A recent U.S. District Court ruling serves as a reminder that more than fair market value is needed to remove an arrangement from scrutiny under the federal Anti-Kickback Statute (“AKS”).
As I’ve written in the past, for example, see Physician Behind Bars for Referrals: Kickbacks, Bribes, and Mail Fraud, the commonly made mistake of believing that structuring a payment or a transaction such that the deal is at fair market value, is not the be-all and end-all of AKS compliance.
For example, I might pay you fair market value for providing consulting services in regard to my medical device, the “UpcodeExtractor 2.0” —but what if I engage your services as a reward for implanting the device? Or, what if the number of consulting days (paid for to the penny at the amount per day or even per minute opined to by 23 of the nation’s most recognized valuation experts) correlates to the volume of your use of UpcodeExtractor 2.0s? Then we’ve got a problem.
In February 2022, the Court in U.S. ex rel. Dr. Kuo Chao v. Medtronic PLC, et al., issued an order denying the defendants’ motion to dismiss. The case is a False Claims Act lawsuit brought by whistleblower/relator Dr. Kuo Chao, who alleges, among other things, that the defendants, collectively referred to as “Medtronic”, engaged in a multifaceted kickback scheme to compensate doctors for ordering a greater number of Medtronic “Pipeline” devices, an implantable device used to treat brain aneurysms.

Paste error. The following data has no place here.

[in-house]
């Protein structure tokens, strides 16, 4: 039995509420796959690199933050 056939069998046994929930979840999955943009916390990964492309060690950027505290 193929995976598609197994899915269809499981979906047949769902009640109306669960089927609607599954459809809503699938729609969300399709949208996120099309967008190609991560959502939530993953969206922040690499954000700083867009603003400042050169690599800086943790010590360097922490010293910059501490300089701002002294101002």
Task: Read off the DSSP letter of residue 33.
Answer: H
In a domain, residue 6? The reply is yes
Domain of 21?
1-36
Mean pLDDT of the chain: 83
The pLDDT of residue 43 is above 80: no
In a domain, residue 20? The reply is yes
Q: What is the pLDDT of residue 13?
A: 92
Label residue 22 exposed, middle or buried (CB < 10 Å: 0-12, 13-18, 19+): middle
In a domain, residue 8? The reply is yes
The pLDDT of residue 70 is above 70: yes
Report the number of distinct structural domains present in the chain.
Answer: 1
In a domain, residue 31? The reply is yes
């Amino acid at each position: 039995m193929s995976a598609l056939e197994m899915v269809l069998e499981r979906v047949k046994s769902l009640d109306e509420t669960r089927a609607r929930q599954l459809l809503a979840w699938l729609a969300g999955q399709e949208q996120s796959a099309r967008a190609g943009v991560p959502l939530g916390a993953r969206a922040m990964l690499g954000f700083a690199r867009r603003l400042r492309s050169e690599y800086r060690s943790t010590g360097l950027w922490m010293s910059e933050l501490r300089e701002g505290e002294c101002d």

The whistleblower alleged, among other things, that Medtronic maintains a proctoring program through with it regularly pays doctors for professional services. Those doctors were experienced in implanting Pipeline devices and, as paid proctors, they taught other doctors how to do the Pipeline procedure. Dr. Chao’s allegation is that Medtronic systematically and habitually overpays the proctors for their proctoring services as a disguised kickback meant to incentivize them to order more Pipeline devices for their own cases. Other alleged circumstances include other alleged overpayments for similar purposes.
The defendants argued that Dr. Chao did not specifically allege that the payments exceeded FMV and moved for a dismissal.
The Court’s response in its order denying the motion to dismiss was that, as has been established by case law, the payor of remuneration violates the AKS whenever one purpose of the remuneration was to induce future referrals or orders, even if the payments were also intended to compensate for professional services. The court also stated that even some fair market value payments will qualify as illegal kickbacks, such as when the payor has considered the volume of reimbursable business between the parties in providing compensation and otherwise intends for the compensation to function as an inducement for more business. It also stated, citing previous case law, that “neither a legitimate business purpose for the arrangement, nor a fair market value payment will legitimize a payment if there is also an illegal purpose (i.e., inducing Federal health care program business).”
Some takeaways for you:
1. Fair market value is an “ingredient” in AKS compliance. It’s not the whole meal.
2. Even if FMV is present, the analysis isn’t over by a long shot.
3. The underlying scheme, not the ink on the paper, governs legality versus illegality.
4. Every new, and every existing, financial relationship with anyone or any entity with which physicians and other healthcare providers do business must be vetted or re-vetted in light of enforcement reality. Immediately.